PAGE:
Swiss come clean. Sort of

Switzerland’s decision last week to play by international tax rules is the result of political arm-twisting—aided by the sting of scandal.

The long struggle to persuade the Swiss to abandon banking secrecy is not over. There is still plenty of room for foot-dragging and hair-splitting and it is likely to be several years before information is exchanged. But last week’s development was important.

In accepting the Organisation for Economic Co-operation and Development’s (OECD) principles for the exchange of tax information, the Swiss finally abandoned their insistence that tax evasion is not a crime unless it involves active fraud, such as forging paperwork.

They will continue to treat evasion by their own citizens as a civil matter, but finally, for foreigners, they have agreed in principle to provide on request the details of wealthy individuals and corporations who have income originating in Switzerland.

The Swiss had faced the deeply undesirable prospect of finding themselves on a blacklist of uncooperative tax havens, to be announced at the G20 meeting in London in April.

This was not simply a threat of being named and shamed but of being subjected to economic sanctions designed to drive away billions of dollars of their banking business.
Switzerland earns 15% of its GDP from the finance sector and Swiss banks are believed to hold a third of the estimated $11.5-trillion of personal wealth hidden offshore.

In the background, Switzerland’s political authority has been severely weakened by the United States’s investigation into one of its oldest and most prestigious banks, UBS, which has been caught brazenly helping thousands of wealthy Americans evade taxes.

UBS staff have also broken the US law that forbids foreign bankers to tout for business, writing lies on their visa forms about the purpose of their visits to the US, carrying business cards that concealed their true profession and deploying counter-surveillance techniques.

Switzerland continued to resist, arguing it could not afford to change its ways because it would lose so much business to other havens. But in clever diplomacy the OECD has persuaded all its main competitors—Liechtenstein, Singapore, Hong Kong, Austria, Belgium and Luxembourg—to announce they will also provide information on tax evaders.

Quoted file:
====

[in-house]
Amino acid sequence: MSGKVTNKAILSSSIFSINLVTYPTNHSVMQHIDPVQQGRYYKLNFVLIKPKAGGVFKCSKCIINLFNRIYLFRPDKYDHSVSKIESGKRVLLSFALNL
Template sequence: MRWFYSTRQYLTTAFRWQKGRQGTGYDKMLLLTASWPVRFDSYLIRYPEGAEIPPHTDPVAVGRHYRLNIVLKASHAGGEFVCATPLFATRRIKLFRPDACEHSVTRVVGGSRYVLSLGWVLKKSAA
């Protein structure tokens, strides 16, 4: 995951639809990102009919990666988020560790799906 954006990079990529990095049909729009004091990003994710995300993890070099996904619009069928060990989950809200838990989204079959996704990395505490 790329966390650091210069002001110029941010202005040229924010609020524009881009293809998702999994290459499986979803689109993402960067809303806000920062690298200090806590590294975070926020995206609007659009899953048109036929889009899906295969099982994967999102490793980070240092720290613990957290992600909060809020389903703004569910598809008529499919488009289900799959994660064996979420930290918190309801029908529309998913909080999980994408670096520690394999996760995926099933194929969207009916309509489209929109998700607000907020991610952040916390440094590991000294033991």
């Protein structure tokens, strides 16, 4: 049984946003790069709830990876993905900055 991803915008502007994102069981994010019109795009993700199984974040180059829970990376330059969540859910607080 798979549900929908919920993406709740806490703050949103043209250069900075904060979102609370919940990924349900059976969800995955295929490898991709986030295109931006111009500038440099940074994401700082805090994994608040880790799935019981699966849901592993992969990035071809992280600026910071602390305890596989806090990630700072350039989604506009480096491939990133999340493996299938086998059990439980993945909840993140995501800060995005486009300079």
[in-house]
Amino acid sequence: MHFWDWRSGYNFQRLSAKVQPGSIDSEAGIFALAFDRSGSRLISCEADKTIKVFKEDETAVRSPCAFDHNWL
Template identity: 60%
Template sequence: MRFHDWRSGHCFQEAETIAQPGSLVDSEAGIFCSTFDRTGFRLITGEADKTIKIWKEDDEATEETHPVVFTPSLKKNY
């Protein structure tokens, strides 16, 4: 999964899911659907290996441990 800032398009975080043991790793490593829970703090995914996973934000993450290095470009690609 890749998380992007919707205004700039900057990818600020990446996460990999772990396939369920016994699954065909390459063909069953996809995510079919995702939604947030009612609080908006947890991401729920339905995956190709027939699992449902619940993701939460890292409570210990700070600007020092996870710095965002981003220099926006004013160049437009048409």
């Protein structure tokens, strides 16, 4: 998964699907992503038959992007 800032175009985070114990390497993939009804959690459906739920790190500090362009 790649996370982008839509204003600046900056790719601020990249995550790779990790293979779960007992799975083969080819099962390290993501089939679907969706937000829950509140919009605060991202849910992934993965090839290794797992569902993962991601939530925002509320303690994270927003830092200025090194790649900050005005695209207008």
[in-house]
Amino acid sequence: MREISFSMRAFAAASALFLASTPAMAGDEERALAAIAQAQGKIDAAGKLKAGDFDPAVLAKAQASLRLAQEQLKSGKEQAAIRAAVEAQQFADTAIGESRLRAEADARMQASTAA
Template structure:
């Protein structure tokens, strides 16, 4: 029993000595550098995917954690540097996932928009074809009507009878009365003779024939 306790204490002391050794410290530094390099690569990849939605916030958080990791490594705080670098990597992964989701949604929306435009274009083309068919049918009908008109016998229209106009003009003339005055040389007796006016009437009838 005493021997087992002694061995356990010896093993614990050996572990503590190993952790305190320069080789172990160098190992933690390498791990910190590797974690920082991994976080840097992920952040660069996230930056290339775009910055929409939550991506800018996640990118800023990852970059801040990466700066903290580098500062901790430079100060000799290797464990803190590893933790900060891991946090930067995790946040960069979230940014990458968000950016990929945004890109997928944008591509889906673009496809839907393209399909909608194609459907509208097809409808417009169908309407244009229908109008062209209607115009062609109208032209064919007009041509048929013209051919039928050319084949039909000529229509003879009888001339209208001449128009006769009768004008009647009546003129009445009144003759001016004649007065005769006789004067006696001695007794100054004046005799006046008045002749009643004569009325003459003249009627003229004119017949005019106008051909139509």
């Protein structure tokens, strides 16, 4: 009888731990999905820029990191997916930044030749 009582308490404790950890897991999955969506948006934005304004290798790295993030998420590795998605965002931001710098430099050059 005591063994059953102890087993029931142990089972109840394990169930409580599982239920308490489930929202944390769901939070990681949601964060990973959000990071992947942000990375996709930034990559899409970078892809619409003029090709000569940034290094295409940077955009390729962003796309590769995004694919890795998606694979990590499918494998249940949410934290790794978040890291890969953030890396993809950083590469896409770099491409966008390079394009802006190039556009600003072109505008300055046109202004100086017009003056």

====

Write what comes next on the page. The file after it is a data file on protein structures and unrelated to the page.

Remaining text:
But this is one battle in a long war against tax dodgers. No information will be disclosed until the Swiss have negotiated detailed double-taxation agreements with other nations—which could take several years.

The Swiss indicated they will provide information only if a detailed request is submitted, which complies with their procedures. They are also calling for a “grandfather clause” allowing them to continue concealing all information about accounts or investments made with them in the past.

Bruno Gurtner, the Swiss economist who chairs the global board of the Tax Justice Network, warned that nothing will change until the new treaties are negotiated.

“People with accounts in Switzerland have the chance to move their money away to other havens that still do not accept the principles,” he said.

Obama fingers tax loopholes
The Obama administration has vowed to close loopholes and to come down hard on illegitimate use of tax havens, writes Andrew Clark.

President Barack Obama has lent his support to a “stop tax haven abuse Act” in Congress, which imposes tougher reporting requirements on individuals and companies that squirrel away assets overseas. The Bill would increase fines for abusing tax shelters and give greater resources to the Internal Revenue Service.

A recent study by the United States Government Accountability Office revealed that 83 of America’s 100 largest companies have businesses in tax havens such as Bermuda, the Cayman Islands and the British Virgin Islands—including recipients of government bailouts such as Citigroup, AIG and Bank of America.

Carl Levin, a Democrat senator sponsoring efforts to squeeze tax havens, recently accused offshore territories of engaging in “economic warfare against the US and honest, hardworking Americans”.

Levin estimates US tax authorities lose $100-billion annually from assets sheltered overseas. “Offshore tax haven and tax shelter abuses are undermining the integrity of our tax system and increasing the tax burden on middle-income families,” he said.—

Client Media Releases

NWU takes sports development to new heights
UKZN scientists receive multimillion-rand research award